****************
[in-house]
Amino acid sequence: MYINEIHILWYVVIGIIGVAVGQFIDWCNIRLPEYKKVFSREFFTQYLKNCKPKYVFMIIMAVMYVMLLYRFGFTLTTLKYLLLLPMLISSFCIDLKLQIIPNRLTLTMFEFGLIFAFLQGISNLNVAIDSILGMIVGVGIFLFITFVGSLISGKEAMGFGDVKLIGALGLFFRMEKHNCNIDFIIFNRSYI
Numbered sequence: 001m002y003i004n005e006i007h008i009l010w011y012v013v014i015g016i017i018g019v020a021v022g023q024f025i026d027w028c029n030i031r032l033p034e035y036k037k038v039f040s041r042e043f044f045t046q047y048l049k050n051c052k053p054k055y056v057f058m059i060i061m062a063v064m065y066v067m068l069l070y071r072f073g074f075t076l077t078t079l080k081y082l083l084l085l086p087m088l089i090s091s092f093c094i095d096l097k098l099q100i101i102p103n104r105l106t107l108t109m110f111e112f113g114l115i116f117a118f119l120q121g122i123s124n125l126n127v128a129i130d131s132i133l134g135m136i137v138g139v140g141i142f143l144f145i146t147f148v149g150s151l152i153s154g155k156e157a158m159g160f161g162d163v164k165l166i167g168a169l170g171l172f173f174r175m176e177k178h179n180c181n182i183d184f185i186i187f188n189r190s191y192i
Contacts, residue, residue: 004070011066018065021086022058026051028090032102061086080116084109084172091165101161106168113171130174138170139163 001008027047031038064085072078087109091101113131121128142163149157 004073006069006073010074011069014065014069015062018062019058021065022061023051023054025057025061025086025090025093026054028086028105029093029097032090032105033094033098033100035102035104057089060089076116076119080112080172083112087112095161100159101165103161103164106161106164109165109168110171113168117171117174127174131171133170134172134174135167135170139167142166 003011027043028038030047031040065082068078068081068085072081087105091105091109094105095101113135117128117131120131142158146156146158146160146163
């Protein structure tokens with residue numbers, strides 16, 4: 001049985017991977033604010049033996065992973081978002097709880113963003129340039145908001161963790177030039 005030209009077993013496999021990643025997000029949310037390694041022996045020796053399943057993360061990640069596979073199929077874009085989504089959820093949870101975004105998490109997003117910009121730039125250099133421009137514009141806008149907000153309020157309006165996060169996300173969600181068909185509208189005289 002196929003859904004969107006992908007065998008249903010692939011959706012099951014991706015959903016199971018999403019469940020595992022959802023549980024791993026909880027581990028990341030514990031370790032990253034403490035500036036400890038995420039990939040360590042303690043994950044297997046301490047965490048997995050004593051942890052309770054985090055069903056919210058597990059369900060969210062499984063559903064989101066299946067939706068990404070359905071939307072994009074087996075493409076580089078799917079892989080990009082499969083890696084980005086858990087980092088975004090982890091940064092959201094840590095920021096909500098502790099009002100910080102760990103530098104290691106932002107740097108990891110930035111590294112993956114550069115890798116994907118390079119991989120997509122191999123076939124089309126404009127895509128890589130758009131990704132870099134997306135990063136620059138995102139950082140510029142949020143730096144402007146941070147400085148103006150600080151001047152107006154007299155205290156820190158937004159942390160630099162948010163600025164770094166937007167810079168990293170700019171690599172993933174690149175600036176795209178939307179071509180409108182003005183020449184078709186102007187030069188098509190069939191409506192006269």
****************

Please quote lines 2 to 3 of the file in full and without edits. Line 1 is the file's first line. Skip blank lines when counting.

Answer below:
Amino acid sequence: MYINEIHILWYVVIGIIGVAVGQFIDWCNIRLPEYKKVFSREFFTQYLKNCKPKYVFMIIMAVMYVMLLYRFGFTLTTLKYLLLLPMLISSFCIDLKLQIIPNRLTLTMFEFGLIFAFLQGISNLNVAIDSILGMIVGVGIFLFITFVGSLISGKEAMGFGDVKLIGALGLFFRMEKHNCNIDFIIFNRSYI
Numbered sequence: 001m002y003i004n005e006i007h008i009l010w011y012v013v014i015g016i017i018g019v020a021v022g023q024f025i026d027w028c029n030i031r032l033p034e035y036k037k038v039f040s041r042e043f044f045t046q047y048l049k050n051c052k053p054k055y056v057f058m059i060i061m062a063v064m065y066v067m068l069l070y071r072f073g074f075t076l077t078t079l080k081y082l083l084l085l086p087m088l089i090s091s092f093c094i095d096l097k098l099q100i101i102p103n104r105l106t107l108t109m110f111e112f113g114l115i116f117a118f119l120q121g122i123s124n125l126n127v128a129i130d131s132i133l134g135m136i137v138g139v140g141i142f143l144f145i146t147f148v149g150s151l152i153s154g155k156e157a158m159g160f161g162d163v164k165l166i167g168a169l170g171l172f173f174r175m176e177k178h179n180c181n182i183d184f185i186i187f188n189r190s191y192i